partnership; it is subordination and subjugation!

Maziwisa then virtually implies that there is legitimacy to theft, if it is 
perpetrated by government.  He states that “debate about what constitutes 
fair compensation” is a joke, and “this is no time for jokes”.  He continues 
by contending, “Suffice it to say if anyone receives a cent as reparation, 
Harare would have demonstrated a show of considerable magnanimity!”

How can any government of integrity conceivably justify expropriating 
assets, developed by the investment of billions of dollars, without fair and 
equitable compensation? How can any government, other than one devoid of 
good character and probity even contemplate doing so?  Admittedly, Zimbabwe’s 
government seeks to justify such action by contending that more than fair 
compensation has been given by virtue of the existing investors having had 
recourse to Zimbabwe’s mineral wealth.

In pursuing that specious contention, government conveniently and studiously 
disregards the fact that the mines not only sustained very considerable cost 
in accessing the minerals but, in addition, have paid considerably for the 
extracted minerals by way of prescribed royalties, licence fees and 
taxation. In addition, the nation and the fiscus have benefited markedly 
from the substantial downstream economic activity generated by the operation 
of the mines.

Maziwisa compounds his devious and misrepresentative attack on this 
columnist by repudiating the contention “that foreign investors will feel 
inhibited by the empowerment law”, and by alleging that that contention “is 
as mendacious as it is deceitful.  None of the foreign investors in this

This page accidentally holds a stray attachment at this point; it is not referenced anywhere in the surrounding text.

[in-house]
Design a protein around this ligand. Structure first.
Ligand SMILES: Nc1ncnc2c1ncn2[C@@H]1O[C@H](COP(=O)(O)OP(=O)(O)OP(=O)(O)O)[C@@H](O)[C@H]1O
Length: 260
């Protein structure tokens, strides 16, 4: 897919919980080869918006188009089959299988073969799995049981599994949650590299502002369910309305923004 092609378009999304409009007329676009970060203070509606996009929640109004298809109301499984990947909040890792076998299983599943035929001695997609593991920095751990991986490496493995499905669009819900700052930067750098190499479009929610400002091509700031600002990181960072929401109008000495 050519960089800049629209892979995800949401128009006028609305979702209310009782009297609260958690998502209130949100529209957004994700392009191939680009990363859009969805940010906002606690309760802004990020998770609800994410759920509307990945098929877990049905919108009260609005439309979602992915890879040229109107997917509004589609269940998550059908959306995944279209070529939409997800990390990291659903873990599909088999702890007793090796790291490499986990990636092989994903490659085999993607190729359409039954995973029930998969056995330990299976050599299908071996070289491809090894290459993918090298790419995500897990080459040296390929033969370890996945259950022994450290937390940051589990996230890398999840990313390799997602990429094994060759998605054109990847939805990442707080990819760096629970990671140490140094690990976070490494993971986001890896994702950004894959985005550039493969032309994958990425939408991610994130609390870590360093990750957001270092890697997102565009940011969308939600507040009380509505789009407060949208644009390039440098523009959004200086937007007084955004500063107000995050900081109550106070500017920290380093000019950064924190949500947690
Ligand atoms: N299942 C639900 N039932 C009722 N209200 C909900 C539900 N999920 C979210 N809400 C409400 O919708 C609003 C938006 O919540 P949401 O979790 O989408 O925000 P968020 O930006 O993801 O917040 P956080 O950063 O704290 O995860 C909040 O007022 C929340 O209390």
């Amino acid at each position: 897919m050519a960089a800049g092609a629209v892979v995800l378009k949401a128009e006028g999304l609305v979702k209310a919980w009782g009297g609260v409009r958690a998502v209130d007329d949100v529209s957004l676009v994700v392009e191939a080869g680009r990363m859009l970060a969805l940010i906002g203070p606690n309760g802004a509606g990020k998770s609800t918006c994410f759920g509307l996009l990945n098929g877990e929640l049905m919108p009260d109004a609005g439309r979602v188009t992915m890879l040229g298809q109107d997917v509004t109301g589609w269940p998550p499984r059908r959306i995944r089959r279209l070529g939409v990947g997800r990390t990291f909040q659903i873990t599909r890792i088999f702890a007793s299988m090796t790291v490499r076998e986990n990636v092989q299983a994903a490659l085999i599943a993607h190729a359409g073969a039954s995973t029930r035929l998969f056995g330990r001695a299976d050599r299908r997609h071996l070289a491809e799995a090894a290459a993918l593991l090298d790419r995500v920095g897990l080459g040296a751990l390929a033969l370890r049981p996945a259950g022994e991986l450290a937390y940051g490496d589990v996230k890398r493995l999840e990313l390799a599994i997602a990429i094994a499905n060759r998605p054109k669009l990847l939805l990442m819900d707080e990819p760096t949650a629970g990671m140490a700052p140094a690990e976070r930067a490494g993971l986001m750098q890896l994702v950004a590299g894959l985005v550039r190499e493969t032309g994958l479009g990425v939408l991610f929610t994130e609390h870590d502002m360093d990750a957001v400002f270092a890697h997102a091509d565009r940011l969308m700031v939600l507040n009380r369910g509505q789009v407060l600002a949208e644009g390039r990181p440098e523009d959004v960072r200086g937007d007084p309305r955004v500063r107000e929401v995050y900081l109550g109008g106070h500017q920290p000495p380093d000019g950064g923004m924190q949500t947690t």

country has expressed an intention to pack his bags and leave the Zimbabwean 
treasure behind.”

However, I never ever suggested that existing investors have voiced intent 
to withdraw.  What was stated, and is now categorically reiterated, is that 
potential foreign investors who were contemplating investment in Zimbabwe, 
be it in mining or in any other economic sector, have been almost wholly 
deterred from pursuing the possibility of such investment.

They have, progressively since February last year, and especially so in the 
last few weeks, become more and more convinced that such investment would be 
parlous, with the threats of expropriation looming ever greater and possible 
compensation for expropriation being minimal.

Maziwisa concludes by suggesting that this columnist “is promoting a 
peculiarly nasty agenda”.  My agenda is, first and foremost, to do 
whatsoever possible to promote constructive programmes to alleviate the 
intense poverty, misery, suffering and distress of most Zimbabweans.

Moreover, for over half a century I have argued that for that agenda to be 
achieved, an indisputable requirement is wide-ranging, meaningful, and just 
indigenisation and economic empowerment.

Maziwisa’s contrary intentions as to my agenda prove that although his first 
name is Psychology, he is in critical need of a psychologist!


Govt amends Indigenisation Act

Govt amends Indigenisation Act | The Chronicle   Minister Patrick Chinamasa Oliver Kazunga, Senior Business ReporterGOVERNMENT has amended the Indigenisation and Economic Empowerment Act in line

Read More »

Govt, BAT in agric empowerment drive

Govt, BAT in agric empowerment drive February 9, 2017 Features, Opinion & Analysis Sydney Kawadza Senior Features WriterIn 1995, Laxer Matemayi completed her Ordinary Level education

Read More »

Joint Venture Act gazetted

Joint Venture Act gazetted June 1, 2016 Business Martin Kadzere : Senior Business Reporter THE Joint Venture Act, expected to promote major investment across economic sectors, came

Read More »

New Posts: